This was just one of a series of agricultural crises. In 1955, the British tried to enforce terrace farming in the Uluguru, Usambara and Pare mountains and were met with considerable resistance. One farmer was shot for insubordination, until finally, in 1956, the laws were relaxed and the peasants pulled down all the existing terraces. It was later found that production of rice improved. It finally became clear that forced productivity, started by German colonial system, was counter-productive.

 

The British Protectorate

The Prince of Wales made a popular tour of Tanganyika in 1928, and by the following year Sir Percival Phillips wrote in The Daily Mail that Dodoma was ‘Clapham Junction-in-the-Bush’ . The city streets were increasingly filled with shiny motor cars, and the population in Dar-es-Salaam was estimated in the British papers to be about 1,200 Europeans (120 Germans, a few Greek, a handful of Syrians and the rest British), 5000 Indians and 25,000 African. By 1945, Tanzania and Zanzibar were once again part of the world economy as exporters of raw materials and importers of manufactured goods. But gradually the balance of power began to shift to the USA, where nearly all goods were grown and raw materials were also manufactured, and it became impossible for the African countries to keep up. The colonies were less and less economically viable, and the time came for them to begin to earn their Independence.

 

The first president of a new republic: Julius Kambarage Nyerere

Julius Kambarage Nyerere headed the political republic of Tanzania for nearly a quarter of a century. He reigned as autocratic President of the country’s one-party state from Tanganiyikan Independence in May 1961 until the elections of 1985, when he took an almost unprecedented step for an African president, and left office voluntarily.

 

Ideology versus reality

His people remember him as ‘Mwalimu’, meaning ‘Teacher’, which may reflect his attitude towards governance of people whom he considered too ill educated to know what was best for them. His leadership earned him accolades such as ‘Baba wa Taifa’ – ‘Father of the Nation’- ‘The Father of Authentic African Socialism’, and ‘The Conscience of Africa’, and did great things to the new republic in terms of creating a strong national identity, but also resulted in devastating economic decline.

[and while his ambition to develop a model for African Socialism succeeded in uniting the more than 130 disparate tribes and numerous religions of the country, the same people were devastated by absolute economic decline when he stood down from power in the mid-eighties.]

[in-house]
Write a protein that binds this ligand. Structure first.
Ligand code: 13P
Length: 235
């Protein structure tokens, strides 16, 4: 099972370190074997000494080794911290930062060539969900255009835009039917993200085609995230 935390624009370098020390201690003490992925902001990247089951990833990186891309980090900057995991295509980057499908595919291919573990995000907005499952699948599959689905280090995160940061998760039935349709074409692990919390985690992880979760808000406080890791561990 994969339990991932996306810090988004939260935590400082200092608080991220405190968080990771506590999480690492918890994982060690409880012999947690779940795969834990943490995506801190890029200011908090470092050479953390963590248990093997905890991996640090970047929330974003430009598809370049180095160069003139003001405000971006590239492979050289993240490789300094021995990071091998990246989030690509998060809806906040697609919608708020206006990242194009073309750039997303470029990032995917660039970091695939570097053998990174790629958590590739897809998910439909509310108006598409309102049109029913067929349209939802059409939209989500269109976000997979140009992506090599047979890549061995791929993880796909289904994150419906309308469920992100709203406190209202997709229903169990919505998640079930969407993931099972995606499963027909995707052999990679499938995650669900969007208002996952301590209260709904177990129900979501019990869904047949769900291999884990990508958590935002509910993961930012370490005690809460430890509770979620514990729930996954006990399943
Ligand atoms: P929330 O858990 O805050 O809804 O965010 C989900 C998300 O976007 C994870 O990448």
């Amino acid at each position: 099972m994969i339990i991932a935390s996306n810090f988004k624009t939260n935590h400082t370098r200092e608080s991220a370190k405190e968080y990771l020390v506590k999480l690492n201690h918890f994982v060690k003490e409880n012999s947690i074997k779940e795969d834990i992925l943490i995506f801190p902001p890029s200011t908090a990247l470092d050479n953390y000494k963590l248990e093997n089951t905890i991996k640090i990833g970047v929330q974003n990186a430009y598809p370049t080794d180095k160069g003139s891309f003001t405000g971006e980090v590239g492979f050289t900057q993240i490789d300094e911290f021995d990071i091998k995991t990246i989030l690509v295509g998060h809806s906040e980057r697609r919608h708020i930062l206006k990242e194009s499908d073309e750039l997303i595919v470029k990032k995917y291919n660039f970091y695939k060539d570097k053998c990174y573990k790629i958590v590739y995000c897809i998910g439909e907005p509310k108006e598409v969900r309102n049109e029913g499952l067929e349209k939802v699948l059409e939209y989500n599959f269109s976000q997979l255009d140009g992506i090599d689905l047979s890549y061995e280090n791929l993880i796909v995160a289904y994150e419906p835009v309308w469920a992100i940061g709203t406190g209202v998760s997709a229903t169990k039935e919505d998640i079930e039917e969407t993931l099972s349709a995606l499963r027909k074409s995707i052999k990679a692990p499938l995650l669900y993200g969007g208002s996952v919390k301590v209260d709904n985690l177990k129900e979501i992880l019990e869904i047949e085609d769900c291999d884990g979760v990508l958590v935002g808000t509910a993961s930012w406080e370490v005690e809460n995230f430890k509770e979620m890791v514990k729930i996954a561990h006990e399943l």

Julius Kambarage was son of Nyerere Burito, an aristocratic but illiterate chief of the small Wazanaki tribe. The future president led a rural, traditional tribal life until he was twelve years old. He was originally educated at the Native Authority school in Musoma, but then moved on the British-run Roman Catholic secondary school, where he came top of the class and converted to the Roman Catholic faith. Missionaries sent him to Edinburgh University in 1949, where he was received with a scholarship and studied a degree in history, politics, and law, and thus became the first black graduate in British Administered Tanganyika. During this time Nyerere was greatly influenced by a close association with Fabian socialists, and later said that he formed the whole of his political philosophy while he was there. Also during this time Nyerere undertook the impressive task of translating choosing two very different Shakespeare plays into KiSwahili, reinterpreting both Julius Caesar and The Merchant of Venice.

 

In 1953 he married Maria Magige, and the couple subsequently had a family of five sons and 2 daughters. The following year he headed the transformation of the African Association, turning it from the non-political organisation created by the British Colonial Civil Service into a powerful political force, supported by the growing group of educated Africans who now realised that the colonial state was holding them back. The group was renamed the Tanganyikan African National Union (TANU) and was committed to achieving independence.

The success and power of Nyerere’s political drive was rewarded by his election to the legislative council of the former British colony of Tanganyika under Sir Edward Twining in 1958, and he became Prime Minister when the country achieved Independence in 1961. Nineteen months later, when the constitution was amended to make Tanganyika a republic, Julius Nyerere was elected as president and TANU was declared the only legal political party. The slogan ‘Uhuru na Umoja’, ‘Freedom and Unity’ adopted in 1954, became the motto of the country.